FIG. 5 describes the actions executed in response to a request to be reconnected to an operator. Test 250 checks whether the reconnect option is provided for the announcement just completed. If so, VPU 14 announces to the caller a question asking whether a reconnection to an attendant is wanted and monitoring the customer's response (action block 252). Decision block 254 analyzes the customer's response. If the customer does not make any response within a predetermined time limit as detected in action block 256, then the disconnect actions previously described with respect to action block 214 (FIG. 4) are carried out. If the customer keys a DTMF "9" (equivalent to yes), says "yes", or keys a zero, then the calling customer is connected to an attendant of the B team with an appropriate display and the voice processing unit is released (action box 258). The display indicates to the attendant the announcement given to the customer and the options available to the attendant (such as forwarding the call to a sponsor designated facility directly, taking an order, asking a survey question, or a list of followup announcements selectable by the attendant in response to further discussion with the calling customer). If the customer's response is "no" or the keyed "6", the VPU 14 announces a "thank you" and, if necessary, any further instructions specified by the sponsor of the announcement (action box 260, FIG. 5). Subsequently, the customer is disconnected as previously described with respect to action block 214 (FIG. 4). Action block 260 is also executed if the reconnect option is not provided for this announcement (negative result of test 250, previously described).
FIG. 6 is a flow chart of actions performed in connection with further transactions on a particular call after the caller has already received the initial announcement. In test 300, the attendant determines further needs from the caller using the display described previously with respect to action block 258 (FIG. 5) as a guide to options available. If the caller requests other messages then the actions performed with respect to action block 110 (FIG. 2) are carried out and the customer effectively receives a new initial announcement. If the caller requests the attendant to forward the call, then the actions performed with respect to FIG. 9 described hereinafter are performed. If the caller indicates that there is no need for further information, then the actions described in FIG. 10 are performed. If the caller needs additional information about vendors or dealers for the desired product, then the attendant retrieves such information from the data base (action box 302). Based on the display generated for the attendant, the attendant makes a decision (decision block 304) and either selects an announcement concerning vendors or dealers (action block 306) or simply gives the information orally to the caller (action block 305). Thereafter, decision block 300 is reentered in case the customer needs further information. An oral exchange would be used if the caller needs some item of specific data such as schedule information, price information, or if the exchange is likely to lead to a specific order by the customer.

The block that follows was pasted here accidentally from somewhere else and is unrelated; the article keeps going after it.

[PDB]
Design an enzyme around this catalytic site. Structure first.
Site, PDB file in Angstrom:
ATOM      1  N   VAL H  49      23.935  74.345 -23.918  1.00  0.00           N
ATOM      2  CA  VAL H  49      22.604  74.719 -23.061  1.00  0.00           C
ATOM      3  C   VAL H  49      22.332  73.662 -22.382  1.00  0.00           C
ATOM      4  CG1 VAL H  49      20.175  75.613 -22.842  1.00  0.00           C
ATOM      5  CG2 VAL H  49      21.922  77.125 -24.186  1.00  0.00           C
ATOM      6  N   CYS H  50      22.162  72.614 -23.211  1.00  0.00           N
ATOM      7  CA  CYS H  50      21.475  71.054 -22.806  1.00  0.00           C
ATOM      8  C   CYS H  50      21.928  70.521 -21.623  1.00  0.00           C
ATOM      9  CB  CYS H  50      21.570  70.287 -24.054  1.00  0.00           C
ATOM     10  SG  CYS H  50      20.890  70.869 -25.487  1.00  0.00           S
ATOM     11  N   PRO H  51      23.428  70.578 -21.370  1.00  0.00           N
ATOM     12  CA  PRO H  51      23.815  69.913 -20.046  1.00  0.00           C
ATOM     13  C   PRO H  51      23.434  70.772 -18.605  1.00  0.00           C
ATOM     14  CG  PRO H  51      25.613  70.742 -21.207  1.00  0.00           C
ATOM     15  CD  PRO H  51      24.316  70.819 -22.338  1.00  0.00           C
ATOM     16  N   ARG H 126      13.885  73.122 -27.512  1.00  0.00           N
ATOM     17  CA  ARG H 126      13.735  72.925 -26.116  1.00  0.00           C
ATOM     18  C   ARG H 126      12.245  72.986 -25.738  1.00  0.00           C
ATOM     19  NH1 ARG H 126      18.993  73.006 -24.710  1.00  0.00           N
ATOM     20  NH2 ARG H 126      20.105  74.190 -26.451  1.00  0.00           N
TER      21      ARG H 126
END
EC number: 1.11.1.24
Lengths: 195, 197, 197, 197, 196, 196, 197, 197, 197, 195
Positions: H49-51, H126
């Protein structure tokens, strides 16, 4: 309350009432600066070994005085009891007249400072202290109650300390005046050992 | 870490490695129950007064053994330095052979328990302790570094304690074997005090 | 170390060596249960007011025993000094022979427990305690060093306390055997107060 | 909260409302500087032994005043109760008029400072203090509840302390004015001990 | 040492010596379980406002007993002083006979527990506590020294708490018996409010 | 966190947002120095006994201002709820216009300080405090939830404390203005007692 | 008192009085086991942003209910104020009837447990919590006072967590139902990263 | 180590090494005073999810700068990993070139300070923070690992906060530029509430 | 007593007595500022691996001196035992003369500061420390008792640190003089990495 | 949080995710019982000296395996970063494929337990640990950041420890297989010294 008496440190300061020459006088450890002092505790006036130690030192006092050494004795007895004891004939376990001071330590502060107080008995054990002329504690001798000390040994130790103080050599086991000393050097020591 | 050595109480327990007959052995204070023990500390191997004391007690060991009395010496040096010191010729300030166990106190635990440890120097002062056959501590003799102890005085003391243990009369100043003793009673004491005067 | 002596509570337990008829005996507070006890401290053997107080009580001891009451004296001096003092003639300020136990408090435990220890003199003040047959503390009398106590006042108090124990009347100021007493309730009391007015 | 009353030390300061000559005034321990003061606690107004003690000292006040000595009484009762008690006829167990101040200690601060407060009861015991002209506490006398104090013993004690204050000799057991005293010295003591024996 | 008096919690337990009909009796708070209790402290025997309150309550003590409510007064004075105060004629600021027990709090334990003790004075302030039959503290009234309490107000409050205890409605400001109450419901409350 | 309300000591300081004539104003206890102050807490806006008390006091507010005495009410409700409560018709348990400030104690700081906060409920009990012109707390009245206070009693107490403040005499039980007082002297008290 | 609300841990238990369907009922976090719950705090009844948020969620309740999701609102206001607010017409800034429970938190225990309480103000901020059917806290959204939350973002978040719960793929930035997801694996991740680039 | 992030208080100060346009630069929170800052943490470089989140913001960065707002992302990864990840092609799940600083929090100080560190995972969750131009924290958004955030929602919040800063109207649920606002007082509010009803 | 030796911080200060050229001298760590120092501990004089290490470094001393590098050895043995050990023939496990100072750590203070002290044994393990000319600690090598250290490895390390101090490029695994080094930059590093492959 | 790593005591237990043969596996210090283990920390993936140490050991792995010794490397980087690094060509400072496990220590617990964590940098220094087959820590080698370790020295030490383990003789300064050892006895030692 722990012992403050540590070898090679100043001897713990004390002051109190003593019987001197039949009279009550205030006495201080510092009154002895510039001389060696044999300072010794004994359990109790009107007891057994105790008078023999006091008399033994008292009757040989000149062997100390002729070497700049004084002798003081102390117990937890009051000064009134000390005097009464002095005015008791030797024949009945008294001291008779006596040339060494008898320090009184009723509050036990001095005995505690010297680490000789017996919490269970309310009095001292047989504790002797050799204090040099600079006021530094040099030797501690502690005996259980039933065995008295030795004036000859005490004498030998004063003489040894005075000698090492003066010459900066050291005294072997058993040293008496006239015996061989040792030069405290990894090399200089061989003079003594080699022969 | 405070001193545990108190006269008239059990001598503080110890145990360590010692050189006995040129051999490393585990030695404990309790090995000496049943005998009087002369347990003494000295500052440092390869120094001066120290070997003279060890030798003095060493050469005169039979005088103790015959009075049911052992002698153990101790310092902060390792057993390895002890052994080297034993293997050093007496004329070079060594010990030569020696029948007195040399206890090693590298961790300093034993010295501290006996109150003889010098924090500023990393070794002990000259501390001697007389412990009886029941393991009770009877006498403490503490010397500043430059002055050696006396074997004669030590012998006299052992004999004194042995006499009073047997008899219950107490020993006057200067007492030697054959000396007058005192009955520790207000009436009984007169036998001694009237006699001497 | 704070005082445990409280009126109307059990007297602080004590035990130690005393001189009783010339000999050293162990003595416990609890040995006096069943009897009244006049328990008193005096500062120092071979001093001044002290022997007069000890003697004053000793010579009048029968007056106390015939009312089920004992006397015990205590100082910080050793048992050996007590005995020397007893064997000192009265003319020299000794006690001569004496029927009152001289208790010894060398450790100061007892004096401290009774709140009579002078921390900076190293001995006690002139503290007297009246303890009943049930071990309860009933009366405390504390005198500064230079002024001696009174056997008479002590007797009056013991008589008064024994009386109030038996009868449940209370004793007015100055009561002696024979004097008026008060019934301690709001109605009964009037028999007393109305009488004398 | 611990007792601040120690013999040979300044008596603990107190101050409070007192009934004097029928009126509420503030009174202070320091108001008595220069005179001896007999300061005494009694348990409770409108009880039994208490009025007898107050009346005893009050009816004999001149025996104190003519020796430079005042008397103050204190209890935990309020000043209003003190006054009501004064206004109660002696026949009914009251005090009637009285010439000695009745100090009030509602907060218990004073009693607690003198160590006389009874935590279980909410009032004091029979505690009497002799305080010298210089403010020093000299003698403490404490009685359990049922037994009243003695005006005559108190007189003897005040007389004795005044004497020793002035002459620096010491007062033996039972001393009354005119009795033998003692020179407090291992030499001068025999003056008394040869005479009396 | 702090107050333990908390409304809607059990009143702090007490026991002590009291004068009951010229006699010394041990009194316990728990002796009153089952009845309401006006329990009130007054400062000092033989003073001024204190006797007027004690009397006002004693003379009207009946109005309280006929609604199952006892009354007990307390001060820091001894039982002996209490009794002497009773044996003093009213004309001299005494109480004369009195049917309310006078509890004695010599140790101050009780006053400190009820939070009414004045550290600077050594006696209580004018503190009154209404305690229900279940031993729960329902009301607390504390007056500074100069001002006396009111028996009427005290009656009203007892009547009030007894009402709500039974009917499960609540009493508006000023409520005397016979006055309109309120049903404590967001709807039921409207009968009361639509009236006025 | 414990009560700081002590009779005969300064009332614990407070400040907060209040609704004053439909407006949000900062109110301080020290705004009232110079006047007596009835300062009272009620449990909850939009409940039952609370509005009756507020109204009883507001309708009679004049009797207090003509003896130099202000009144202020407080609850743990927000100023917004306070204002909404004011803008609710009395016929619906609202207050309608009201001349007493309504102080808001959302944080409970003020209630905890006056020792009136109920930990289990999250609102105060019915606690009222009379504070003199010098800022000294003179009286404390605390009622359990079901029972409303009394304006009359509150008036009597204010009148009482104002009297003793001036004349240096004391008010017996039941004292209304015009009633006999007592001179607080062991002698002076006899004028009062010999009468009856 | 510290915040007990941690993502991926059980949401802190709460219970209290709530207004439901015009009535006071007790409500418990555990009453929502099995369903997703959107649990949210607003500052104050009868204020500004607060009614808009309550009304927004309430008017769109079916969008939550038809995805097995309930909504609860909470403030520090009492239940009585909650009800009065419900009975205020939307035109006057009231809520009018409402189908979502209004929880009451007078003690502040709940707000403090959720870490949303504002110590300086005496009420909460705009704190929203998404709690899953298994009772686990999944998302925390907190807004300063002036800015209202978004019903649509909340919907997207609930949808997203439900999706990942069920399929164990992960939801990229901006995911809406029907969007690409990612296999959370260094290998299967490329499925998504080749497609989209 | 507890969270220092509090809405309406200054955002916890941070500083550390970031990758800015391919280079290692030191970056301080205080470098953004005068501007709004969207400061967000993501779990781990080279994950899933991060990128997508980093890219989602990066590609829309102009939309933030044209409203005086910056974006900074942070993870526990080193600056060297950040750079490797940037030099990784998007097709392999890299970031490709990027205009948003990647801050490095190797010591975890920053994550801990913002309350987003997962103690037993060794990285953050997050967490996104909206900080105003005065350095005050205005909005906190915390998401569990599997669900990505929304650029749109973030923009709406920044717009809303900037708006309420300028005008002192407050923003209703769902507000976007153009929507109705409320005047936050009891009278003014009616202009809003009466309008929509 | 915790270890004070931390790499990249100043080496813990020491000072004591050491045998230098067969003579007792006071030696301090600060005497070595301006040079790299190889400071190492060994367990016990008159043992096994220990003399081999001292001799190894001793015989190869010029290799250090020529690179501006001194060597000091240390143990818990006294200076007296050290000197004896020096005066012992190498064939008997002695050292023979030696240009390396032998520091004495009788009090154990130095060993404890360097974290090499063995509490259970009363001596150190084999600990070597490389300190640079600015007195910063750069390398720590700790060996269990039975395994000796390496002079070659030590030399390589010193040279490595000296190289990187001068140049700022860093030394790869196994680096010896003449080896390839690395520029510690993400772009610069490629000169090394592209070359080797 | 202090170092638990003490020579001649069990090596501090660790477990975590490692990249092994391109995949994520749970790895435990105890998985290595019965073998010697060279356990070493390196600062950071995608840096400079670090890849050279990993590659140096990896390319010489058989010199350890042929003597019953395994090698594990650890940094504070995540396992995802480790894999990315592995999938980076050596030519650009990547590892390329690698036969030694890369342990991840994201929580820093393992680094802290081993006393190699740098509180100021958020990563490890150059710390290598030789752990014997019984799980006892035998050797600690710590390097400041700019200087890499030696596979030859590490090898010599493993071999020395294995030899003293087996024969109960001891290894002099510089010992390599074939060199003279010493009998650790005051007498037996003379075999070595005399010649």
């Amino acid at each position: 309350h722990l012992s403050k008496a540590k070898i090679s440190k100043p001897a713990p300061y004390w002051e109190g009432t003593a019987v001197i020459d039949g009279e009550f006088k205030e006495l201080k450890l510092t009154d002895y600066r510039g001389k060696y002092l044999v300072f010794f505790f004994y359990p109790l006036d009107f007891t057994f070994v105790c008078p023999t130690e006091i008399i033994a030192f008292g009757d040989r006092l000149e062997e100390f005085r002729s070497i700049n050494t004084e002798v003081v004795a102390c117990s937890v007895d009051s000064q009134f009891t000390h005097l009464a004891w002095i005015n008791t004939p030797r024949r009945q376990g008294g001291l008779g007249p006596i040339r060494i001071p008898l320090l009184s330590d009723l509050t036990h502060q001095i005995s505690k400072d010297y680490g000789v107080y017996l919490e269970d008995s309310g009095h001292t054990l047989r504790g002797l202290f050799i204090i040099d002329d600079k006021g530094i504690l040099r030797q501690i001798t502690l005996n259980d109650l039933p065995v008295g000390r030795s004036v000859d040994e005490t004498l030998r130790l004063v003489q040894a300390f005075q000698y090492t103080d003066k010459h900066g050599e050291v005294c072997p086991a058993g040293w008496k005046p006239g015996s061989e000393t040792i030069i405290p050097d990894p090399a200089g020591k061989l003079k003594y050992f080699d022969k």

If an announcement is more appropriate, the attendant signals to the control of the system by keying the number of the announcement into the terminal (action box 306). Announcements are more appropriate if the information being given to the caller does not require a two-way communication between the caller and the attendant. Examples of such information include a specific vendor or dealer's address and telephone number, or another more specific advertisement.
Before the selected message is announced, a test is made (test 308) to see if the sponsor is willing to have this message announced to a caller. If not, the attendant is informed (action box 310), the attendant gives information (action block 305) and decision block 300 is reentered in order to allow the attendant to further interact with the caller. If the selected message can be announced, then the program described in the flow chart of FIG. 7 is executed.